Last Updated on July 30, 2021
What is Chesterton’s Fence?
Chesterton’s fence is the principle that reforms should not be made until the reasoning behind the current setup has been understood.
In G.K. Chesterton’s words:
There exists in … a certain institution or law; let us say, for the sake of simplicity, a fence or gate erected across a road. The more modern type of reformer goes gaily up to it and says, “I don’t see the use of this; let us clear it away.” To which the more intelligent type of reformer will do well to answer: “If you don’t see the use of it, I certainly won’t let you clear it away. Go away and think. Then, when you can come back and tell me that you do see the use of it, I may allow you to destroy it.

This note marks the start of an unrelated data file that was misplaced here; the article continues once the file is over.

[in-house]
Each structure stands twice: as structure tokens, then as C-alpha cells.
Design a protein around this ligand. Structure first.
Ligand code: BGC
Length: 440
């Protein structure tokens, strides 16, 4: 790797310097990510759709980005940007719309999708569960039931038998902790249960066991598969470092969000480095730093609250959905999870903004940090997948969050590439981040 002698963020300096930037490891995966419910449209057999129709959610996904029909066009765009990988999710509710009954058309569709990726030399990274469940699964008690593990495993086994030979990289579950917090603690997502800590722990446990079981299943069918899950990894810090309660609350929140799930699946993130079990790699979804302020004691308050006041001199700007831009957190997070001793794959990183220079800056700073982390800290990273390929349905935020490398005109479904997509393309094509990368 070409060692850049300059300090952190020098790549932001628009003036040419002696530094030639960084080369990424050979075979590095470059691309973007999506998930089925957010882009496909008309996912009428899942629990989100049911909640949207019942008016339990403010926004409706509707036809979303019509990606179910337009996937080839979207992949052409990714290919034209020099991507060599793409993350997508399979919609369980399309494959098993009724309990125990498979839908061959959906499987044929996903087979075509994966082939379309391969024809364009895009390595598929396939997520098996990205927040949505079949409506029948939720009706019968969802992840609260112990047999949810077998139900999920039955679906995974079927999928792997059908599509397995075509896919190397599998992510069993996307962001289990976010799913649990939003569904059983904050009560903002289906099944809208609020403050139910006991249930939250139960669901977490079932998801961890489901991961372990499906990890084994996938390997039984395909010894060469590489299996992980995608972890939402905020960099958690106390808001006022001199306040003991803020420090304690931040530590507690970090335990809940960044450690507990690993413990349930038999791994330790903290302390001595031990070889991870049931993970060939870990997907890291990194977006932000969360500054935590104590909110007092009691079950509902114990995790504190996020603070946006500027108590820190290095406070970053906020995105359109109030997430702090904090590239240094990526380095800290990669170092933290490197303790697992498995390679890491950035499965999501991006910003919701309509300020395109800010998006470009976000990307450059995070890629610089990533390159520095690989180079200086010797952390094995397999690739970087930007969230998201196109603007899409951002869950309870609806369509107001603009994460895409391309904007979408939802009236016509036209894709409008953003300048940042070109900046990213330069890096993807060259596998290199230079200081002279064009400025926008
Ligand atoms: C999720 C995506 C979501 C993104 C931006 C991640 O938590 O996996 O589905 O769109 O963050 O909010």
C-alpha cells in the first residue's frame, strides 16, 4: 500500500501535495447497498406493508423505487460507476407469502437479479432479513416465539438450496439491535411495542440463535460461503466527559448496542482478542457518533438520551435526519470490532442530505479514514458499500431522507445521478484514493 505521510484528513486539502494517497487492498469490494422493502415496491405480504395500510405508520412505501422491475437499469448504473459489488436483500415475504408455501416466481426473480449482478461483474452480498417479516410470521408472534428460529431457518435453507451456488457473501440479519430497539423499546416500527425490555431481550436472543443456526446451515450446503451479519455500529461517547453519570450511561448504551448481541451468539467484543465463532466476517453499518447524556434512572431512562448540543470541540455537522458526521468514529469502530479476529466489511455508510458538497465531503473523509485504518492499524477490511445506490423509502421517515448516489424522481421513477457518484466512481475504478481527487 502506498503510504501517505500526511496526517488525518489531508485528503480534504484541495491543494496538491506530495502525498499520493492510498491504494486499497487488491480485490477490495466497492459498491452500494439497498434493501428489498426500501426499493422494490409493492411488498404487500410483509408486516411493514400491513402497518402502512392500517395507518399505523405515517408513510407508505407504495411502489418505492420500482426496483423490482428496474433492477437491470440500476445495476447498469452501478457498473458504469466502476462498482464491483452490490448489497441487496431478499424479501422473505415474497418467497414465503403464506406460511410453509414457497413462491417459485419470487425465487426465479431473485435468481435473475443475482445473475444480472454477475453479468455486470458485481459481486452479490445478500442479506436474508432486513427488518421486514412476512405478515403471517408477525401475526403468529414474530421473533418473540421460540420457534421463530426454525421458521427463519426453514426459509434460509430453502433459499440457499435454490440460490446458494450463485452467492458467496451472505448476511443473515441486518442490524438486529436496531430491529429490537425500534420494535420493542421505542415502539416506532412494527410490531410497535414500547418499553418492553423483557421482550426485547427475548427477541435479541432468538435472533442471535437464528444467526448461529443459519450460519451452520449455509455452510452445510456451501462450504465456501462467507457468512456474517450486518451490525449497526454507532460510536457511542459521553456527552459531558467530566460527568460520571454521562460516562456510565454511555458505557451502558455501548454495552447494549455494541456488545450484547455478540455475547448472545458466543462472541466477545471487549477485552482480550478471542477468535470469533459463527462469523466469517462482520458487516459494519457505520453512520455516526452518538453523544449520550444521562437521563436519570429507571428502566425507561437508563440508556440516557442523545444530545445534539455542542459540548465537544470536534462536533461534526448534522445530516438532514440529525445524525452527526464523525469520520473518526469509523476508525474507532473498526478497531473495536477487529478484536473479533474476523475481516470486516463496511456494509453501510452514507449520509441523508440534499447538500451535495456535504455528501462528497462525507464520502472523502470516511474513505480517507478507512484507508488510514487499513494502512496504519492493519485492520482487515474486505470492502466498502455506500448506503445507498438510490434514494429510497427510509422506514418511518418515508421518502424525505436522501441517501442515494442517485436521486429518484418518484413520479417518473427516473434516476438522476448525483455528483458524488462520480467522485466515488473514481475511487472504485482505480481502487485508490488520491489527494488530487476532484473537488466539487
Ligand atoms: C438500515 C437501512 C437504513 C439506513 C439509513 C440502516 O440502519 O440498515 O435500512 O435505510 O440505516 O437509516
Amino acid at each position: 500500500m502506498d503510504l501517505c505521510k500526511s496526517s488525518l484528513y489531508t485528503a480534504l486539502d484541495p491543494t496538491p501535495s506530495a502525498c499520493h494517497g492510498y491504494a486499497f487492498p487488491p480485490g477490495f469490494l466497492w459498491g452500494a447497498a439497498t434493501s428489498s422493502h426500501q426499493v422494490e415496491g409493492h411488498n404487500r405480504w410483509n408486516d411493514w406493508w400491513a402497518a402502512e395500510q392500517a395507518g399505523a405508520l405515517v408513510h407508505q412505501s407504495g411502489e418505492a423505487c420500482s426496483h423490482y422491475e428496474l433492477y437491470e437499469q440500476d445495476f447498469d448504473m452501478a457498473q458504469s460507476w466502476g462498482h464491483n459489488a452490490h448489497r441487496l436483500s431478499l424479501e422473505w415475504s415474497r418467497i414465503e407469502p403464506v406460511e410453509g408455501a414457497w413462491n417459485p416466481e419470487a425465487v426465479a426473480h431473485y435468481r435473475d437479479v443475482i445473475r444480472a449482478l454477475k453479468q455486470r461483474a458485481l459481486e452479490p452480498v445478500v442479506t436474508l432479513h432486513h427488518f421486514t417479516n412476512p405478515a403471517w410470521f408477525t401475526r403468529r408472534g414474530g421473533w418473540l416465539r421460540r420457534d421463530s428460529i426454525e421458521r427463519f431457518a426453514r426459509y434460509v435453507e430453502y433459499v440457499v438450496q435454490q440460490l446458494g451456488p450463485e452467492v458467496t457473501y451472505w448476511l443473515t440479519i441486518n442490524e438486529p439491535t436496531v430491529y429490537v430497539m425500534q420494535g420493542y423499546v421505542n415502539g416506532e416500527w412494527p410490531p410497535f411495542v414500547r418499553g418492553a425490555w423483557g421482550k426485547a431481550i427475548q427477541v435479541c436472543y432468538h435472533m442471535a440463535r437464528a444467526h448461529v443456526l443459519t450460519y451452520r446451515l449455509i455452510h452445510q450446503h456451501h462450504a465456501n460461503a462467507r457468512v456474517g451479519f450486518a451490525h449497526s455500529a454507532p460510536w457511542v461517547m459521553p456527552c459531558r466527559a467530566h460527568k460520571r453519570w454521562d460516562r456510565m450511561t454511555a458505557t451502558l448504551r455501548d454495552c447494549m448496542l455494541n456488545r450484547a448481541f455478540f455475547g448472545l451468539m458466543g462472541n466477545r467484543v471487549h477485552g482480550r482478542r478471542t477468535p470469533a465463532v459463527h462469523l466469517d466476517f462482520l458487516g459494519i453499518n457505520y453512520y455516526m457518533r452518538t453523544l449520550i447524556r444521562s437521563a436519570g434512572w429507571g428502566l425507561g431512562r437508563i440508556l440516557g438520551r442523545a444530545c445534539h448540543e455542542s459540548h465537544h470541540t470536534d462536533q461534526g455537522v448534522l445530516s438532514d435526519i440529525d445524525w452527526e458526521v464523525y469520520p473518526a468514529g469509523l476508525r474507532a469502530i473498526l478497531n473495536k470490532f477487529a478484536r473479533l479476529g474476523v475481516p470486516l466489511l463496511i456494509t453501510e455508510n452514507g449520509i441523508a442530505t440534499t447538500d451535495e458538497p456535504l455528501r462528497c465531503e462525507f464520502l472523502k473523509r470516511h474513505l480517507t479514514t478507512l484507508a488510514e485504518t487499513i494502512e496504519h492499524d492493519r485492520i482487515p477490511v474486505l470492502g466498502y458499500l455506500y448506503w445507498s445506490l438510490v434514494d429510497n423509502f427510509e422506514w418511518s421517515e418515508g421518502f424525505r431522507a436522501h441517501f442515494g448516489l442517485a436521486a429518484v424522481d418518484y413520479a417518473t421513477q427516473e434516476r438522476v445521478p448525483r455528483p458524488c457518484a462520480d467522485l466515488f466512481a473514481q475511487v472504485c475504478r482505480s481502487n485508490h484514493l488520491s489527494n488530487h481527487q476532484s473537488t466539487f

In simple terms, don’t ever take a fence down until you know the reason why it was put up!
Why is this interesting?
I can’t summarize it better that Nick Douglas did in his write up for Lifehacker:
“Chesterton’s fence” is now a popular term for the havoc wreaked by overeager reformers and revolutionaries. It’s the “red tape” ripped away by business-friendly politicians, before a deregulated industry collapses or kills off its customers. It’s the laid-off staff who, it turns out, were slow at their own jobs because they were doing everyone else’s. It’s what breaks when you move fast and break things.
I love this gif, it certainly has a bit of Chesterton’s fence about it.